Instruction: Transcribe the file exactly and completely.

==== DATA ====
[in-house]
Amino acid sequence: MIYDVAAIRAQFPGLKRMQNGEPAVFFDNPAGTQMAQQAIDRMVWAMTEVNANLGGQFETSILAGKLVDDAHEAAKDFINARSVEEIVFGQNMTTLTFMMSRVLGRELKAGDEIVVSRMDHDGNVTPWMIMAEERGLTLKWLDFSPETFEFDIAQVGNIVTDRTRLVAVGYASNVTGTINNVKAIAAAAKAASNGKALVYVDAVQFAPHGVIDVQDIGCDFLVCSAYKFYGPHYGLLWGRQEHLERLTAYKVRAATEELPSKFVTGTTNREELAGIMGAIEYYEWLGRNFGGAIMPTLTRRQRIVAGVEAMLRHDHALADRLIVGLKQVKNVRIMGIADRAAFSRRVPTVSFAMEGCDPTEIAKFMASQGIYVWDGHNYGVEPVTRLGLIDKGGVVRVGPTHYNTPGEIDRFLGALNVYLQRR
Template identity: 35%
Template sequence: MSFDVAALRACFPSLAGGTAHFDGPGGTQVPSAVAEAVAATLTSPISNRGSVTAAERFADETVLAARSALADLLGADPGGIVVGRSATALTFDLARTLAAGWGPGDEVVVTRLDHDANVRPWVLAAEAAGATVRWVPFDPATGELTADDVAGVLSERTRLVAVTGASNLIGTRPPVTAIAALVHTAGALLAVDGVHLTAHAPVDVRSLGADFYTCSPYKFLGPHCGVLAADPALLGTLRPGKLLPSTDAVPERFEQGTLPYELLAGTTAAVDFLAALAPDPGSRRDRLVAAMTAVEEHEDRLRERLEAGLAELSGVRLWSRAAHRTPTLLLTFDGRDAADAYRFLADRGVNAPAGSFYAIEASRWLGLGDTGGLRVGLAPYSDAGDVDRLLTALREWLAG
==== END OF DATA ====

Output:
[in-house]
Amino acid sequence: MIYDVAAIRAQFPGLKRMQNGEPAVFFDNPAGTQMAQQAIDRMVWAMTEVNANLGGQFETSILAGKLVDDAHEAAKDFINARSVEEIVFGQNMTTLTFMMSRVLGRELKAGDEIVVSRMDHDGNVTPWMIMAEERGLTLKWLDFSPETFEFDIAQVGNIVTDRTRLVAVGYASNVTGTINNVKAIAAAAKAASNGKALVYVDAVQFAPHGVIDVQDIGCDFLVCSAYKFYGPHYGLLWGRQEHLERLTAYKVRAATEELPSKFVTGTTNREELAGIMGAIEYYEWLGRNFGGAIMPTLTRRQRIVAGVEAMLRHDHALADRLIVGLKQVKNVRIMGIADRAAFSRRVPTVSFAMEGCDPTEIAKFMASQGIYVWDGHNYGVEPVTRLGLIDKGGVVRVGPTHYNTPGEIDRFLGALNVYLQRR
Template identity: 35%
Template sequence: MSFDVAALRACFPSLAGGTAHFDGPGGTQVPSAVAEAVAATLTSPISNRGSVTAAERFADETVLAARSALADLLGADPGGIVVGRSATALTFDLARTLAAGWGPGDEVVVTRLDHDANVRPWVLAAEAAGATVRWVPFDPATGELTADDVAGVLSERTRLVAVTGASNLIGTRPPVTAIAALVHTAGALLAVDGVHLTAHAPVDVRSLGADFYTCSPYKFLGPHCGVLAADPALLGTLRPGKLLPSTDAVPERFEQGTLPYELLAGTTAAVDFLAALAPDPGSRRDRLVAAMTAVEEHEDRLRERLEAGLAELSGVRLWSRAAHRTPTLLLTFDGRDAADAYRFLADRGVNAPAGSFYAIEASRWLGLGDTGGLRVGLAPYSDAGDVDRLLTALREWLAG